Study: Fer­til­ity rates are in de­cline around the world

The Atlanta Journal-Constitution - - FROM PAGE ONE - By Rick Noack

Al­most half of all coun­tries have fer­til­ity rates be­low the re­place­ment level, ac­cord­ing to an un­prece­dented study pub­lished by The Lancet jour­nal. While there was not a sin­gle na­tion with a fer­til­ity rate be­low the 2.05 thresh­old back in 1950, the global av­er­age is now only 2.4 — down from 4.7 about 70 years ago.

Dif­fer­ences be­tween na­tions have be­come more pro­nounced, with some Eu­ro­pean coun­tries hav­ing record-low rates down to one child per wo­man on av­er­age, com­pared to more than six chil­dren in some African na­tions.

If you live in a poorer na­tion with high fer­til­ity rates, a de­crease would likely be a rea­son for cele- bra­tion. Lower fer­til­ity rates are of­ten the re­sult of fewer child deaths, eas­ily ac­cessi- ble con­tra­cep­tion and pros- per­ous economies, which ex­plains why Europe, North Amer­ica and richer Asian na­tions like Ja­pan are dis­pro­por­tion­ately af­fected.

In coun­tries with be­low-re- place­ment level fer­til­ity rates, how­ever, the costs out­weigh the ben­e­fits. Europe has strug­gled with this chal­lenge for years. Even more so than the United States, Eu­ro­pean wel­fare largely de­pends on a suf­fi­cient num­ber of work­ing-age res­i­dents who can fi­nance health care, pen­sions and so­cial se­cu­rity for every­one. The fewer there are, the more com­pli­cated it be­comes to sus­tain a sys­tem that was set up in a cen­tury when fall­ing fer­til­ity rates were among the prob­lems peo­ple had to worry least about.

Alarmed by con­tin­u­ously drop­ping fig­ures, some EU gov­ern­ments have taken dras­tic mea­sures. Italy’s Health Min­istry launched an ad cam­paign two years ago to re­mind peo­ple that Sept. 22 was “fer­til­ity day.” Other coun­tries have sought to ad­dress the is­sue by fo­cus­ing on ed­u­ca­tion. In Den­mark, for in­stance, school­child­ren are now taught in class that hav­ing ba­bies doesn’t only come with risks, but also with ben­e­fits.

But this week’s study raises se­ri­ous doubts over the im­pact of such poli­cies or pro­pos­als. “Pro-na­tal­ist poli­cies have been pur- sued in more than a dozen coun­tries but the ef­fects on fer­til­ity rates have not been large,” they wrote. In­stead, they ar­gue, an in­creas­ingly large share of the world’s pop­u­la­tion may have to come to terms with higher re­tire­ment ages, slashed ben­e­fits and — iron­i­cally above all — prob­a­bly the most di­vi­sive is­sue of this cen­tury, so far: mi­gra­tion.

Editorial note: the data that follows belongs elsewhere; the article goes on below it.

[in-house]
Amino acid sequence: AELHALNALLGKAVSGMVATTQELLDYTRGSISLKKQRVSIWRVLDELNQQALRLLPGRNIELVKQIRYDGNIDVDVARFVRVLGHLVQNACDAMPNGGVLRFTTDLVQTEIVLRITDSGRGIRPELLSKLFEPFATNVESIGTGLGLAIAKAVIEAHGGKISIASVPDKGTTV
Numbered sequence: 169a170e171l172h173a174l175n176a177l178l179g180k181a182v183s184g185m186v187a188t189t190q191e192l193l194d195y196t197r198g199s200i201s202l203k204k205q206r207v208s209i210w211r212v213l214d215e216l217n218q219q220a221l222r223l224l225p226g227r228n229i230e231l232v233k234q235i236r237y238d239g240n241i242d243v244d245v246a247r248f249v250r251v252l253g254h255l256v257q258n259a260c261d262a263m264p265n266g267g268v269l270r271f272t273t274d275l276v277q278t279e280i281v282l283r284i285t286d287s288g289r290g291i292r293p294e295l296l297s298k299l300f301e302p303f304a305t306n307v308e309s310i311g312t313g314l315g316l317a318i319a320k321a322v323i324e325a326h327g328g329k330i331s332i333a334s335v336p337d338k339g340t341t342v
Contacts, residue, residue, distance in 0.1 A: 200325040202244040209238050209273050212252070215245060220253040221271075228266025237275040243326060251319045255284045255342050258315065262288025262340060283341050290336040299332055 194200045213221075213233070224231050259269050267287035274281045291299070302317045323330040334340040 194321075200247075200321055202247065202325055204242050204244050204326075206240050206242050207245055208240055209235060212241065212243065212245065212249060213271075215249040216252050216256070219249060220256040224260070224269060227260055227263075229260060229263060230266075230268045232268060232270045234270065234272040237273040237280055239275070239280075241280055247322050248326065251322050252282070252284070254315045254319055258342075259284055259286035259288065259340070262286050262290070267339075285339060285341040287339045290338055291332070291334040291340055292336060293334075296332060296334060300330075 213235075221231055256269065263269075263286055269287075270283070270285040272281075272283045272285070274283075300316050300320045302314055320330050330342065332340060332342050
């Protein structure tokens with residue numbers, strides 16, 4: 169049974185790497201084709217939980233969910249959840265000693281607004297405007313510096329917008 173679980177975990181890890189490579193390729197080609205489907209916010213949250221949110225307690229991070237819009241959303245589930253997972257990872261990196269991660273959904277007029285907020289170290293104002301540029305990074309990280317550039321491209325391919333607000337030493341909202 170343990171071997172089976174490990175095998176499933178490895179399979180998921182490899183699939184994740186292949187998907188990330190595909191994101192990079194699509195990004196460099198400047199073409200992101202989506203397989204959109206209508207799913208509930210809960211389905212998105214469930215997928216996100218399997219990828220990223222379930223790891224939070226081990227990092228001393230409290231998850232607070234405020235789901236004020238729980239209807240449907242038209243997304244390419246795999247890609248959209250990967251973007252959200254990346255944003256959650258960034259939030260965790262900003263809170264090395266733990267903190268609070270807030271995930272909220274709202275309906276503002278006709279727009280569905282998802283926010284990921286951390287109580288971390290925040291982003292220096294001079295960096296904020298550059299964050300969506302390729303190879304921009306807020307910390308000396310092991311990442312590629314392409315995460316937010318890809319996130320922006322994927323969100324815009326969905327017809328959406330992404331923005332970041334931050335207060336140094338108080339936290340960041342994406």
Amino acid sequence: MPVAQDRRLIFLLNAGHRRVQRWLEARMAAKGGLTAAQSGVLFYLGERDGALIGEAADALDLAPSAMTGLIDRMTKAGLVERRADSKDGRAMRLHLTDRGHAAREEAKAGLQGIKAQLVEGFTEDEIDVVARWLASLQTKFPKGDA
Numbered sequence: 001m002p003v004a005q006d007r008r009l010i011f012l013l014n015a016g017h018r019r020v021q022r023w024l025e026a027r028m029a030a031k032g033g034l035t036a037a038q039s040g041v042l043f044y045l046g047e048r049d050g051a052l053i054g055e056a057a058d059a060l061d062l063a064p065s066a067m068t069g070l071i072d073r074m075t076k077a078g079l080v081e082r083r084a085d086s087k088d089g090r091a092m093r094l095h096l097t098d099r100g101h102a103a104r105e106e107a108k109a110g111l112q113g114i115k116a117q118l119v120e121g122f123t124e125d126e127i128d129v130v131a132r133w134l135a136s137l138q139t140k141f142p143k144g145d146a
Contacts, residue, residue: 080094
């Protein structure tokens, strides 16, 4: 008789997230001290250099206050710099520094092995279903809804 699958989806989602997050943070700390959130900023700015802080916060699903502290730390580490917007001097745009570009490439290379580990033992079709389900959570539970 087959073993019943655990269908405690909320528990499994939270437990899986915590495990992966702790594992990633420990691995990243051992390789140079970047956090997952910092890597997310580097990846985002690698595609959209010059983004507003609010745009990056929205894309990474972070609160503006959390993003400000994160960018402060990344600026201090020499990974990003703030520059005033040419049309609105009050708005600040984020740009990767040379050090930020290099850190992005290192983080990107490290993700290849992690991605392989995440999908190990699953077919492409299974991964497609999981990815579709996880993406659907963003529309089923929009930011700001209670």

Fall­ing fer­til­ity rates do not im­me­di­ately have to re­sult in re­ced­ing pop­u­la­tion num­bers, as mi­gra­tion and bet­ter health care also im­pact over­all fig­ures, ac­cord­ing to the study that was funded by the Bill & Melinda Gates Foun­da­tion. While al­most half of all na­tions now have fer­til­ity rates be­low the re­place­ment level, pop­u­la­tion growth only de­clined in 33 coun­tries from 2010 to 2017. The coun­tries where pop­u­la­tion fig­ures re­mained steady de­spite lower fer­til­ity rates also ex­pe­ri­enced a higher in­flux of mi­grants. The fer­til­ity rate in the United States is ac­tu­ally also be­low re­place­ment lev­els at 1.8, yet the pop­u­la­tion is still grow­ing, thanks in large part due to im­mi­gra­tion.

Mi­gra­tion has so far saved the United States from fol­low­ing the fate of Europe’s ag­ing so­ci­eties. But a fall in net mi­gra­tion has al­ready sl owed U.S. pop­u­la­tion growth and could even­tu­ally lead to a neg­a­tive trend. As other global mea­sures to boost fer­til­ity rates have so far failed, mi­gra­tion had proven to be “ef­fec­tive in sus­tain­ing pop­u­la­tion num­bers,” the au­thors of the study write.

Based on that anal­y­sis, slash­ing mi­gra­tion num­bers — as the Trump ad­min­is­tra­tion is at­tempt­ing to — and op­er­at­ing a bud­get that re­lies on a young work­force ap­pears con­tra­dic­tory.

It’s a con­clu­sion that will not sit well among an in­creas­ing num­ber of vot­ers in the United States and Europe.

Newspapers in English

Newspapers from USA

© PressReader. All rights reserved.